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American Diplomat Assasinated in Jordan

Aired October 28, 2002 - 05:02   ET


CAROL COSTELLO, CNN ANCHOR: OK, let's right to that breaking news, the assassination of American diplomat Laurence Foley in Jordan. The shooting took place outside Foley's home in Amman. Authorities there are trying to find out who pulled the trigger.
Shortly after the shooting, CNN spoke with the Jordanian minister of information about this shooting.


MOHAMMAD AL-ADWAN, JORDANIAN MINISTER OF INFORMATION: He had waited for the diplomat around his house, when he was leaving his house for to go to the embassy, apparently. And he shot him several times. He had his face covered and I believe the wife of the diplomat informed the authorities.


COSTELLO: And so far no one has claimed responsibility or a motive in this killing. We're going to bring you the latest as we get it.

In fact, I have the latest right now. This is from the U.S. Embassy, a statement, and I'm going to read off my paper here.

It says, "We are working closely with Jordanian officials to investigate this horrible crime. The U.S. Embassy in Jordan has informed U.S. citizens in Jordan of the incident and reiterate our recommendation that all U.S. citizens remain vigilant. All of us in the American community convoy our condolences to the Foley family on the death of such a warm and loving man. We are outraged by this incomprehensible act."

And, of course, Mr. Foley's wife was there in the house as he was shot this morning. It was she who called authorities to the house.

We want to go to neighboring Iraq now for some reaction to this morning's shooting in Jordan.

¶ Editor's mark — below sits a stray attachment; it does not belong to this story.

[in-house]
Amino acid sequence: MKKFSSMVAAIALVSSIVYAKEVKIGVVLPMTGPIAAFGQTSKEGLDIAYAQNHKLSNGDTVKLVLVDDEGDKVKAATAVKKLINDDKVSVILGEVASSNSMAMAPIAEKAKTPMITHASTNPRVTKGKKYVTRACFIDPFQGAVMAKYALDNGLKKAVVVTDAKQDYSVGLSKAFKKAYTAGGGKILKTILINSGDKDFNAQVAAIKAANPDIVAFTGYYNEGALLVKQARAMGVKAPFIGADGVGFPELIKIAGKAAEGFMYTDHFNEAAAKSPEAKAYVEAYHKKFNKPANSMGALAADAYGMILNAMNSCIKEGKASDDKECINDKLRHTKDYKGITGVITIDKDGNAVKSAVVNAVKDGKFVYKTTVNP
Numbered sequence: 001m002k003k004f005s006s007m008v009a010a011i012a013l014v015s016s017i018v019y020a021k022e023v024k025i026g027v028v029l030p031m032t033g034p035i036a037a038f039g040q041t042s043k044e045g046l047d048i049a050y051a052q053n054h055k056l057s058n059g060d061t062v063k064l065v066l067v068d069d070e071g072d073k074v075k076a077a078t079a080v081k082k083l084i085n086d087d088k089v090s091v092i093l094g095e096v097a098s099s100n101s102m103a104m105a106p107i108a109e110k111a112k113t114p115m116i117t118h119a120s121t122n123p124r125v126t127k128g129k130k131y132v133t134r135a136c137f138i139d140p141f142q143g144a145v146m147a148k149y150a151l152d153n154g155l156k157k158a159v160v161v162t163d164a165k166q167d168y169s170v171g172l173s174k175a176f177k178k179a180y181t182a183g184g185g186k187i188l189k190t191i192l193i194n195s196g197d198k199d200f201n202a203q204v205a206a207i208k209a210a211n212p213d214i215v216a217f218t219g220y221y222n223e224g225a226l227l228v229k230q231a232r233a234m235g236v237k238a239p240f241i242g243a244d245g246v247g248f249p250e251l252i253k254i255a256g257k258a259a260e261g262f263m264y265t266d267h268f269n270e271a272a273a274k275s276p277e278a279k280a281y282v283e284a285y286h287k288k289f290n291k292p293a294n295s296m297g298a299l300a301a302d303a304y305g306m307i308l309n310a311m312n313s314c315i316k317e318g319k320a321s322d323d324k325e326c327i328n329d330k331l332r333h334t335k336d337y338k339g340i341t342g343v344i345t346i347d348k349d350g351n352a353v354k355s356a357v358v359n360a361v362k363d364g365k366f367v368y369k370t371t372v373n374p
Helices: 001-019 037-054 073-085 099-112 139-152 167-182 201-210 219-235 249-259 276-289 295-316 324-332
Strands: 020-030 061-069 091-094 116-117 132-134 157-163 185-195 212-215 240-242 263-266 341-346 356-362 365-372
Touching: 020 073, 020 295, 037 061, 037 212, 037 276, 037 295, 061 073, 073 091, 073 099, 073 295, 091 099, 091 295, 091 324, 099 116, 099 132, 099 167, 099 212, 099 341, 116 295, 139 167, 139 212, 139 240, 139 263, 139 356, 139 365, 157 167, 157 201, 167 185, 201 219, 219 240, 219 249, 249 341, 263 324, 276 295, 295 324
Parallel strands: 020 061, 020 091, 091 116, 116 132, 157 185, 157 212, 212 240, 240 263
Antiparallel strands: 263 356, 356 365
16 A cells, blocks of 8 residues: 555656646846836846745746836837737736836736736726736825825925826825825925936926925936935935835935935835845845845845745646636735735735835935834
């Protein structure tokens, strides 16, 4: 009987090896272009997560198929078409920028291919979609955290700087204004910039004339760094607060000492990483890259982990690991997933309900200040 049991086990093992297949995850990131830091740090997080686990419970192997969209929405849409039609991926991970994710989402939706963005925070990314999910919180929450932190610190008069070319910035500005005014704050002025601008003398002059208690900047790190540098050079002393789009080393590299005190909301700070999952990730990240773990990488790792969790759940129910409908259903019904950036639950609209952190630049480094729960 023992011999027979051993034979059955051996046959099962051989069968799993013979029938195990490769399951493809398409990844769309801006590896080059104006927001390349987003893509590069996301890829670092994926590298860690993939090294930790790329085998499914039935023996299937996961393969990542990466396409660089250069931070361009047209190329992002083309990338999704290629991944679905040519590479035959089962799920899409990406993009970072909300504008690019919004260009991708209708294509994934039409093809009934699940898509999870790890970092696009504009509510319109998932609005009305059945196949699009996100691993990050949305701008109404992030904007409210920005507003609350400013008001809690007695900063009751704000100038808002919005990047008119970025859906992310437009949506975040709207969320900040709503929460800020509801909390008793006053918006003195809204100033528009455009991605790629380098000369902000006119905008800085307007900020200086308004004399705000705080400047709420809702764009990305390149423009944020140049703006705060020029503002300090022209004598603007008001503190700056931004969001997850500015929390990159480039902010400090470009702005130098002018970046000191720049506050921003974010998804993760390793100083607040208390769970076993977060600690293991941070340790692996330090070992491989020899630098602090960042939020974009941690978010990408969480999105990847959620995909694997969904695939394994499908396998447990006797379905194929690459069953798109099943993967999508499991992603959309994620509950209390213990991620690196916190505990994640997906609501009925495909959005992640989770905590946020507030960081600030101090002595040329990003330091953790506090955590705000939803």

Our Baghdad bureau chief Jane Araf joins us -- and, Jane, while we don't know the motive for this morning's shooting in Jordan, what is the atmosphere in the region for U.S. diplomats and for Americans traveling there?

JANE ARRAF, CNN CORRESPONDENT: Well, Carol, it is fairly tense, as you might imagine. Ironically, Iraq is thought to be, by Western diplomats who are here, one of the safest places in the region just because it is completely controlled by the Iraqi government.

Now, there are no American diplomats here. American interests have been governed by the polish embassy since the advent of the Gulf War. But there are an increasing number of Western European diplomats. In other places in the region, it's not the same story. Jordan particularly is quite vulnerable to this sort of thing with its majority Palestinian population next to the West Bank. It has ties with Israel. It's made peace with Israel. And it's a strong U.S. ally. So there are extremist elements that do find it quite an attractive target.

Now, the kind of things we've been seeing in other parts of the region, for instance, in Kuwait, attacks on American troops, this kind of thing is, as Iraqi officials and diplomats here warn, expected to continue and perhaps even increase as the threat of war increases -- Carol.

COSTELLO: And, Jane, you know, it seems that Americans, as you said, are being picked off everywhere -- like, you know, they're, in Kuwait American soldiers were killed and now in Jordan an American diplomat is killed. Do you think that the pressure that President Bush is putting on the United Nations to deal with Iraq is adding to all of this in the whole region?

ARRAF: It is. I believe you're absolutely right about that. The feeling is among a lot of people here and people in the region that this is heading towards something that on the street level a lot of Arabs and a lot of Muslims, in fact, can't accept.

Now, the Iraqi government's position on what's happening at the U.N., for instance, the resolution, is that the U.S. is launching something that would essentially occupy Iraq. The resolution to get arms inspectors here would, for instance, include the presence of foreign troops.